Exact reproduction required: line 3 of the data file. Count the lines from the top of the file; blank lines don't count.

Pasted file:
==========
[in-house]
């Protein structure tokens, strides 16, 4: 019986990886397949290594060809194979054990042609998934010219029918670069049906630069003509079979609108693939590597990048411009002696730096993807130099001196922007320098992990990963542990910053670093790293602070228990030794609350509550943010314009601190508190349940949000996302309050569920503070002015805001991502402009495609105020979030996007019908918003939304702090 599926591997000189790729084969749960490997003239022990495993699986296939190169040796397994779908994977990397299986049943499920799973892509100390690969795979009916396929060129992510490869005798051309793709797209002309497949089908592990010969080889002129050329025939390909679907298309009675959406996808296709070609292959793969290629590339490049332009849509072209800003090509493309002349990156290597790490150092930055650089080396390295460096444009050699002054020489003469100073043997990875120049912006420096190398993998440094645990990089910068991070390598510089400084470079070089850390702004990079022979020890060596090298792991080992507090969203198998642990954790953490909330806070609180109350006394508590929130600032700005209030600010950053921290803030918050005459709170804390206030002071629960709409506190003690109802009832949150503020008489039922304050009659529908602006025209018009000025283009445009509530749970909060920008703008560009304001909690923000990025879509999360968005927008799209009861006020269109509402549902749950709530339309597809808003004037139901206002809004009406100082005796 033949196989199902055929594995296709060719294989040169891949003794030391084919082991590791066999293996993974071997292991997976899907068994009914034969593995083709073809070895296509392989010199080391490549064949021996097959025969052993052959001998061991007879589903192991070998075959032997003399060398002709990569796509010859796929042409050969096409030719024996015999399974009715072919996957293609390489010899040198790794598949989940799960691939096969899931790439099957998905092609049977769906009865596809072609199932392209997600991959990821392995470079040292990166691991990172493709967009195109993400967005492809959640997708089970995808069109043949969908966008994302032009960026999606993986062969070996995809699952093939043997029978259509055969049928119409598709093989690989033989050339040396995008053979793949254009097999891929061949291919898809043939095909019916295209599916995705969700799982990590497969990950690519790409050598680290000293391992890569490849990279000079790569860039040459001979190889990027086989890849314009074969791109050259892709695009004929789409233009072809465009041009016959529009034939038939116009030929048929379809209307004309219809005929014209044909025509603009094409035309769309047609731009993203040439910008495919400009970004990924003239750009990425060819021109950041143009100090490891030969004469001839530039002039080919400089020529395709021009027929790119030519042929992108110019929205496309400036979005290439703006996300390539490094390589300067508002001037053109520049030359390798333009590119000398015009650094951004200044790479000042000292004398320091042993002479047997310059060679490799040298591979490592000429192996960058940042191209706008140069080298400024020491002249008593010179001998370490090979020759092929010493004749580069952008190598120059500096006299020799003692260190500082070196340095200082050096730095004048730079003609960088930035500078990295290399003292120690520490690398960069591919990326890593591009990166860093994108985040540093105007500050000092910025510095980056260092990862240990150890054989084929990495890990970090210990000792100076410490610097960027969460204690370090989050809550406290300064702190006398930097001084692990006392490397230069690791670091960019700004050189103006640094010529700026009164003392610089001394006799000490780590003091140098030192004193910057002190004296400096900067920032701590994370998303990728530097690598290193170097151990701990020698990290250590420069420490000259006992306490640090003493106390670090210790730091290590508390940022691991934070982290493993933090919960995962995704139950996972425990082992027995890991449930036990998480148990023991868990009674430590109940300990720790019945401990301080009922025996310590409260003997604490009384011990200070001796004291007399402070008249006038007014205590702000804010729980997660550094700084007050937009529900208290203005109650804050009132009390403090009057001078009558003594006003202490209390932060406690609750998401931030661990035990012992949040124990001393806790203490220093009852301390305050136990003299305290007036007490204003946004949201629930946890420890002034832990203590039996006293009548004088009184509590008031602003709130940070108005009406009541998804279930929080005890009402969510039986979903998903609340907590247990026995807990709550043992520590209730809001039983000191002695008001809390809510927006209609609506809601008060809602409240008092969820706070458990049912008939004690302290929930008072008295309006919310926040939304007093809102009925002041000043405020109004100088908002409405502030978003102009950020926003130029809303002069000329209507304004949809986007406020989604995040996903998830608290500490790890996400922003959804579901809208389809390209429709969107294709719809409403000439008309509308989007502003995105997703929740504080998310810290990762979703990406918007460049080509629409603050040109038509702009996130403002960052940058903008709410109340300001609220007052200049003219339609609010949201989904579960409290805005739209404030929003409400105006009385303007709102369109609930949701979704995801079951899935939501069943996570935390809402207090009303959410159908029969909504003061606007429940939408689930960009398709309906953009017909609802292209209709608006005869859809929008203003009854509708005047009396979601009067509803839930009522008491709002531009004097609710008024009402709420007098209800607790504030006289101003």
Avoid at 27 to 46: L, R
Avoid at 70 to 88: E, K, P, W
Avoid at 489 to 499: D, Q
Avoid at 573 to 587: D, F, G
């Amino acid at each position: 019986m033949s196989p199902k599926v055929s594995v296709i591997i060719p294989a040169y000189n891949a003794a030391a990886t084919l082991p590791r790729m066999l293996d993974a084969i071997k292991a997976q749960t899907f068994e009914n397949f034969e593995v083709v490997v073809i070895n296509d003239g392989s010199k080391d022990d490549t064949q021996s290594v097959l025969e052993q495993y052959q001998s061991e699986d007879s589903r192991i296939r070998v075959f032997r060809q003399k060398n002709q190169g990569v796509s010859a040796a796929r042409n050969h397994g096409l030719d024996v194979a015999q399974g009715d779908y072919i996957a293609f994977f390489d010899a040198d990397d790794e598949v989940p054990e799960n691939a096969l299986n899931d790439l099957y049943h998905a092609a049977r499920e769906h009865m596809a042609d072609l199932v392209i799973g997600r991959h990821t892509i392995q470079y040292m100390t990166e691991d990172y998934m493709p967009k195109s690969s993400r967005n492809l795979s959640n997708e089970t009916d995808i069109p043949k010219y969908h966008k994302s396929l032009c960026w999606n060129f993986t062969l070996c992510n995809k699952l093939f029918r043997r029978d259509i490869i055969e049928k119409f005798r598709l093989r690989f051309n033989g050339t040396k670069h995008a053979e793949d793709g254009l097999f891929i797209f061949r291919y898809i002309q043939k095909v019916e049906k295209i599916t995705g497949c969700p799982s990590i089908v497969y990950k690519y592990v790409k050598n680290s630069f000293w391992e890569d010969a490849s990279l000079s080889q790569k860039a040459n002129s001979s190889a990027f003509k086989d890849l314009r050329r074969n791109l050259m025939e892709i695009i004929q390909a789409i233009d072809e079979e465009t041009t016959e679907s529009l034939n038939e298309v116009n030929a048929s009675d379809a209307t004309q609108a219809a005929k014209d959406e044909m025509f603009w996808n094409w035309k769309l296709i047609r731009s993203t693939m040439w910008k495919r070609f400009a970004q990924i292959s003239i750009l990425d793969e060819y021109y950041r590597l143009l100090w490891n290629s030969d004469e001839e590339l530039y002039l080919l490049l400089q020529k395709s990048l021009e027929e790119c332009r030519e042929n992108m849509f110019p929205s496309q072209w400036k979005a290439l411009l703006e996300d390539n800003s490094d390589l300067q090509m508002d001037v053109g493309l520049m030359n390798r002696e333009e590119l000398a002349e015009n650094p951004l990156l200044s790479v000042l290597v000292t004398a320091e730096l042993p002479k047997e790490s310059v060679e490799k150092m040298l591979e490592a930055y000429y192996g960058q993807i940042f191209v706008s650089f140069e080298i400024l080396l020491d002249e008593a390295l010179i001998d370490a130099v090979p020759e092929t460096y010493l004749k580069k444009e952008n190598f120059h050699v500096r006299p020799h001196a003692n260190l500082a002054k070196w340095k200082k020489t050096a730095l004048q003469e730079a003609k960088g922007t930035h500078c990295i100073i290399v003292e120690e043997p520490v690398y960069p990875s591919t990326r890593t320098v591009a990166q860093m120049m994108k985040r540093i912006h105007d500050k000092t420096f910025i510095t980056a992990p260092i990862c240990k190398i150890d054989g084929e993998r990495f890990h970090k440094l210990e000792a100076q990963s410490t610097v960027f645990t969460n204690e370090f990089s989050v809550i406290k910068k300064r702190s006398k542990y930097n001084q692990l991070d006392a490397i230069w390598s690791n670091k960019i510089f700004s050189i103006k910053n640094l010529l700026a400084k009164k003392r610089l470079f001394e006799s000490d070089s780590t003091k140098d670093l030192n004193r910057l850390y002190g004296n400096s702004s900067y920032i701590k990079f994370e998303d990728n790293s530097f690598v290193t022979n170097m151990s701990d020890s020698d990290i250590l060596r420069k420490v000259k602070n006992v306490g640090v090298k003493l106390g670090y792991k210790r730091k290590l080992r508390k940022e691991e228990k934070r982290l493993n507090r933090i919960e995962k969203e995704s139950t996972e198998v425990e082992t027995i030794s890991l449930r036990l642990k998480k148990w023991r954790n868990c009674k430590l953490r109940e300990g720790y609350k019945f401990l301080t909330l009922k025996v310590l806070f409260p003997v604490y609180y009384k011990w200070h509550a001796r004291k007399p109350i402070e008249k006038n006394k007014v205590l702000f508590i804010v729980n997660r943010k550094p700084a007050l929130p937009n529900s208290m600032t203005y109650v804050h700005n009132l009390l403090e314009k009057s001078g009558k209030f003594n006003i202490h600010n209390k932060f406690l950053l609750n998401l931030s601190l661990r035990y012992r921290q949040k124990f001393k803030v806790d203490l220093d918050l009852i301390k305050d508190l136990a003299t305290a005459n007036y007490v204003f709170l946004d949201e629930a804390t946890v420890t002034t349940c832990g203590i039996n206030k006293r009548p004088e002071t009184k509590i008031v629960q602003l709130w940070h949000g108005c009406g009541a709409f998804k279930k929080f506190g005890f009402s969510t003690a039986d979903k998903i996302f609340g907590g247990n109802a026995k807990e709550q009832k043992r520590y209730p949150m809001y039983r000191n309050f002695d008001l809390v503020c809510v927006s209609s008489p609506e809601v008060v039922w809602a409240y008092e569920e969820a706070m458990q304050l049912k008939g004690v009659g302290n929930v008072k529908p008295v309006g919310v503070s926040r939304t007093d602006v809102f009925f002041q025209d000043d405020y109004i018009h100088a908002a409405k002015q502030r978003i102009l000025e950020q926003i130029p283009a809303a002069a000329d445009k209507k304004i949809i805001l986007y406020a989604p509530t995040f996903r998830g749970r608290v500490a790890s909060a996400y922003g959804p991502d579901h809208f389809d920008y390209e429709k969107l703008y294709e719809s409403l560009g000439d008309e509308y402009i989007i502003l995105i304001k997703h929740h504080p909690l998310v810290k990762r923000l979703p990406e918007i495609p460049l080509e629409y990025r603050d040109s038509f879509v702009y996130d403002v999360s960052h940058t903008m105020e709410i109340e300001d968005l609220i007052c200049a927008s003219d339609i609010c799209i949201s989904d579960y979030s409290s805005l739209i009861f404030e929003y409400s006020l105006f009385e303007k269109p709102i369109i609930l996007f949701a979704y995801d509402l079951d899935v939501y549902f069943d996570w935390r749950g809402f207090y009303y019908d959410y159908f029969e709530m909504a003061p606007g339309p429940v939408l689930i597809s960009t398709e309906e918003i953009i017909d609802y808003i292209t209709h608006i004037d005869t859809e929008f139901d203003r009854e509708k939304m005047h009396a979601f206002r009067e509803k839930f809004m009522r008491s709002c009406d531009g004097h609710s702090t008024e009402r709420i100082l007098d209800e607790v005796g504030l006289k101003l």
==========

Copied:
Avoid at 27 to 46: L, R